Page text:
Chris Froome Recommends Building Stamina and Burning Fats By Low-Carb Training

“Weight loss is more about the simple equation of calories in, calories out,” Morton explains.

Chris Froome Burning Fats Low Carb Training

Cyclist, Christopher Clive Froome has tried different nutritional practices during his cycling career. He consumes omega-3 fatty acids-rich salmon to repair his muscles, or even gulping 400gm of energy-boosting rice for breakfast. His low-carb training however is found to be the most effective tool.

Monaco resident, Froome tries to avoid cereals or carb-dense bread for breakfast, and performs medium-intensity workout to burn extra fats and increase the energy-producing power of his muscle cells. He is benefitted with enhanced stamina and performance by following the above routine. In fact, this course of action can help any amateur cyclist or runner who wants extensive workout and want to burn more fats.

33-year-old Froome explains, “Low-carb training teaches the body to become more efficient at burning fat as a fuel source, as opposed to just using the readily available glycogen (stored energy) in the muscles. There are two benefits. One is obviously weight-loss, as it is important to keep lean for the mountains. But the main side is the adaptation in the body to use fat as a fuel source and not depend entirely on glycogen.”

Being a part of Team Sky, a professional sports team, Froome’s focus is merely on performance. He explains, “Training this way means I have more fuel available for the last part of races. If your body is burning glycogen for 5-6 hours, you have to be a superhero to still have energy at the end. You can’t take in enough food to replace what you are burning. But if throughout those 5-6 hours your total energy expenditure was 4,000kJ, and by training this way you ensure, say, a quarter of that energy came from burning fat, not glycogen, that is saving a quarter of pure glycogen in the muscles which I can use to attack at the end of the race.”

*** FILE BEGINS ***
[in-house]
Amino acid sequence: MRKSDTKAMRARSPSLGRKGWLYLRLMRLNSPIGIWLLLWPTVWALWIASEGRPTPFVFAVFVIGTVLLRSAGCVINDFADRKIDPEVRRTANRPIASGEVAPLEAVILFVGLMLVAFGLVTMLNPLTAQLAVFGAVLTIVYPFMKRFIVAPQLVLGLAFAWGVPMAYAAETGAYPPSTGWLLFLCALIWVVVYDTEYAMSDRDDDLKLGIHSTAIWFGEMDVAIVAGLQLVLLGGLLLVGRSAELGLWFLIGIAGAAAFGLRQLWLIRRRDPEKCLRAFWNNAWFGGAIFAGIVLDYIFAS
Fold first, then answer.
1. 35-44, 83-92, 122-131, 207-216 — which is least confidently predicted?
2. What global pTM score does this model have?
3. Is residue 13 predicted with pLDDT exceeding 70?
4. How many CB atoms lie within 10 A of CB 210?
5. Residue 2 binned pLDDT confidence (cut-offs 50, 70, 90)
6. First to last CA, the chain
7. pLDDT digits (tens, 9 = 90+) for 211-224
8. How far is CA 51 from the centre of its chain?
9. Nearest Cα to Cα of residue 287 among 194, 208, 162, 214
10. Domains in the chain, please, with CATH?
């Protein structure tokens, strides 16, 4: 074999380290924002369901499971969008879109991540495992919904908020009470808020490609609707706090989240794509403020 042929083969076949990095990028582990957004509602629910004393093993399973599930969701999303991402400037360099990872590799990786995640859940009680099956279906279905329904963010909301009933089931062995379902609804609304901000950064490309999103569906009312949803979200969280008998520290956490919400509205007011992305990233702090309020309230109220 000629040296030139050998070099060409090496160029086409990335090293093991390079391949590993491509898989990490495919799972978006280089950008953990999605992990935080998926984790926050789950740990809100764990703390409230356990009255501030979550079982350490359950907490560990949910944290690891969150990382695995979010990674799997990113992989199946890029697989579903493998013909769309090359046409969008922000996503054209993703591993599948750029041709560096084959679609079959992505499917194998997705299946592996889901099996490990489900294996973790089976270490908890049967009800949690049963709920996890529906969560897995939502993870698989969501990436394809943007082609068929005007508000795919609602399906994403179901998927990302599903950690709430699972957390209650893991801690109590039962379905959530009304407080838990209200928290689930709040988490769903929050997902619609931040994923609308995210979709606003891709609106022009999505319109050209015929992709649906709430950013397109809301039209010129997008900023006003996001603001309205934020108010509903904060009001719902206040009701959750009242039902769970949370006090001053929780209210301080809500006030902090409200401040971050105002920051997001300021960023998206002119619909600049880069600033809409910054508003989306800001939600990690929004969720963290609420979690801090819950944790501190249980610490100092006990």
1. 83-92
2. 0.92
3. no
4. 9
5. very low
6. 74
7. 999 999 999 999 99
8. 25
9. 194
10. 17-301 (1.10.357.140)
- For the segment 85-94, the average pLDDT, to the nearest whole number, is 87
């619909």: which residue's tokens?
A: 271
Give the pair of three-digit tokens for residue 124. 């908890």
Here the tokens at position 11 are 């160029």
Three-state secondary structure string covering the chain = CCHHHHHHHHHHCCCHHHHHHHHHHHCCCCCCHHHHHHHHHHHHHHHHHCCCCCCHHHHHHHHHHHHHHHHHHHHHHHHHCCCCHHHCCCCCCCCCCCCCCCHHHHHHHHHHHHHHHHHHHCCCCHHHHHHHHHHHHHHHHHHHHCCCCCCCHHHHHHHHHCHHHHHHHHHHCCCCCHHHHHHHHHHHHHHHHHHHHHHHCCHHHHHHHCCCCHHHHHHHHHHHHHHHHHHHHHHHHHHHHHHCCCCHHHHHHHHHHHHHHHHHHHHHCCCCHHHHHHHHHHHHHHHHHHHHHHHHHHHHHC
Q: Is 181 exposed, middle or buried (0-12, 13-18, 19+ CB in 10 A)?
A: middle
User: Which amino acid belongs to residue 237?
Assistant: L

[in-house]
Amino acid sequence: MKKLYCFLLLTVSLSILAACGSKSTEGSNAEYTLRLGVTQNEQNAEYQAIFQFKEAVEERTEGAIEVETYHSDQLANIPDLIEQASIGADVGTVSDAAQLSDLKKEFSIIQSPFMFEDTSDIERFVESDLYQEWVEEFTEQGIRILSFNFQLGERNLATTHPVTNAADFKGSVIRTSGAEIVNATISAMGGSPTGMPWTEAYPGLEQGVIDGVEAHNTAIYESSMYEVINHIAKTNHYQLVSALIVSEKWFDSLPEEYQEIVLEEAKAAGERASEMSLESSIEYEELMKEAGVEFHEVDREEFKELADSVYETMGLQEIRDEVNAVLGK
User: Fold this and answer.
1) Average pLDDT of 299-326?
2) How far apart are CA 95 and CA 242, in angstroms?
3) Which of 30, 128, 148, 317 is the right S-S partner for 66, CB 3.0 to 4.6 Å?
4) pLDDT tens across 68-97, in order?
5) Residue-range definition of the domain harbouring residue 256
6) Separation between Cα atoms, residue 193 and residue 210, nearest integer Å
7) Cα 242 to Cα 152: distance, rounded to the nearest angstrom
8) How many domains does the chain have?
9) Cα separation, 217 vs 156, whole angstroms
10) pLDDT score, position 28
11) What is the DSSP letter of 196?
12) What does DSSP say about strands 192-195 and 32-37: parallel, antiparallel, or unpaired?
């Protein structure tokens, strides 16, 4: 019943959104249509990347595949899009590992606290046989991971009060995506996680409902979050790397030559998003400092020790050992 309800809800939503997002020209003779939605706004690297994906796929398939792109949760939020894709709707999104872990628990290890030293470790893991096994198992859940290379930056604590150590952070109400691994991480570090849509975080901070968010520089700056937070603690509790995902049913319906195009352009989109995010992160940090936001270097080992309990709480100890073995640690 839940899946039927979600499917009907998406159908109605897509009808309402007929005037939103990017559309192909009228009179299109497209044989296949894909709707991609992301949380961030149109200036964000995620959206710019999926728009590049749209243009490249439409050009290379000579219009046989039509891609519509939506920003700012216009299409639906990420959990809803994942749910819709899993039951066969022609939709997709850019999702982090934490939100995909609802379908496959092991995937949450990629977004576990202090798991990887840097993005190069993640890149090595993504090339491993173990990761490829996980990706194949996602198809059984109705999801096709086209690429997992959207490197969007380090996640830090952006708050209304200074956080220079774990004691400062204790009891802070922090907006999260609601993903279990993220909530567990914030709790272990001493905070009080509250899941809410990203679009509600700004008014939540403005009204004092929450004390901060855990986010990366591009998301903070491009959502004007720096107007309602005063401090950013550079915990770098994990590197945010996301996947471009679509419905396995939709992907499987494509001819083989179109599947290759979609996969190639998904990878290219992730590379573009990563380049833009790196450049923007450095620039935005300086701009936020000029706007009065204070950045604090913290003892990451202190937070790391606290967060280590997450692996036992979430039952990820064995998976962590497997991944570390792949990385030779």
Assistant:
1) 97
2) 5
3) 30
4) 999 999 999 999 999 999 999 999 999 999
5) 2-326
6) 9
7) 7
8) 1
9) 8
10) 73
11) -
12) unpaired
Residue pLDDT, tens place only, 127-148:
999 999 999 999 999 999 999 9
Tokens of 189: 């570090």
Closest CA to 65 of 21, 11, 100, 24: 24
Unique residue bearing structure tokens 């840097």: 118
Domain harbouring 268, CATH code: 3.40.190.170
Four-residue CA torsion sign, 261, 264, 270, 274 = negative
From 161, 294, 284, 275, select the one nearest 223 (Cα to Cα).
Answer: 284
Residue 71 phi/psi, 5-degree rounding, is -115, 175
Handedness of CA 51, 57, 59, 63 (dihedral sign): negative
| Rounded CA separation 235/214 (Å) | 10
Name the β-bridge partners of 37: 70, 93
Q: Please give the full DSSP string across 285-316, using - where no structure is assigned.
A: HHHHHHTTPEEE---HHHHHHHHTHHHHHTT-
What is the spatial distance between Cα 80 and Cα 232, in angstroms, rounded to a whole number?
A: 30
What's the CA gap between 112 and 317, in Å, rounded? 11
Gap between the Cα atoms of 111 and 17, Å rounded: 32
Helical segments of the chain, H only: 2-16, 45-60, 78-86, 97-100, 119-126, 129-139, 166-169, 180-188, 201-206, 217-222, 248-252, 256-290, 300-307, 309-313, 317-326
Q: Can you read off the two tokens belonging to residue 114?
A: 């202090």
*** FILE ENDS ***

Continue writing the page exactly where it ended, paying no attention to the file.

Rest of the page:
Professor of Exercise Metabolism at Liverpool John Moores University and Head of Nutrition at Team Sky, James Morton, has helped Froome for discovering his endurance. Morton explains, “The idea of training in carbohydrate-restricted states is to amplify the activation of all the molecular signaling pathways which regulate how our muscles adapt to endurance training. In other words, we are trying to make the muscles have more mitochondria (the powerhouses of the cells which use sugar and fats to make energy); to grow more capillaries to supply those muscles with oxygen; and to increase the body’s ability to use fat as a fuel during moderate-intensity exercise.” And the output is a higher level of workout-stamina.

Other athletes can follow Froome’s methods, manage to burn more fat, and obtain better stamina. Morton states further, “One of the main adaptations that comes with having more mitochondria in your muscles is that you use more fat for a given (exercise) intensity. That is good for endurance because fat is a good fuel source, but it also means when you need to go quicker later on, you should have more carbohydrates left. All of these adaptations happen with standard endurance training anyway, but with carbohydrate-restricted training you get more bang for your buck.”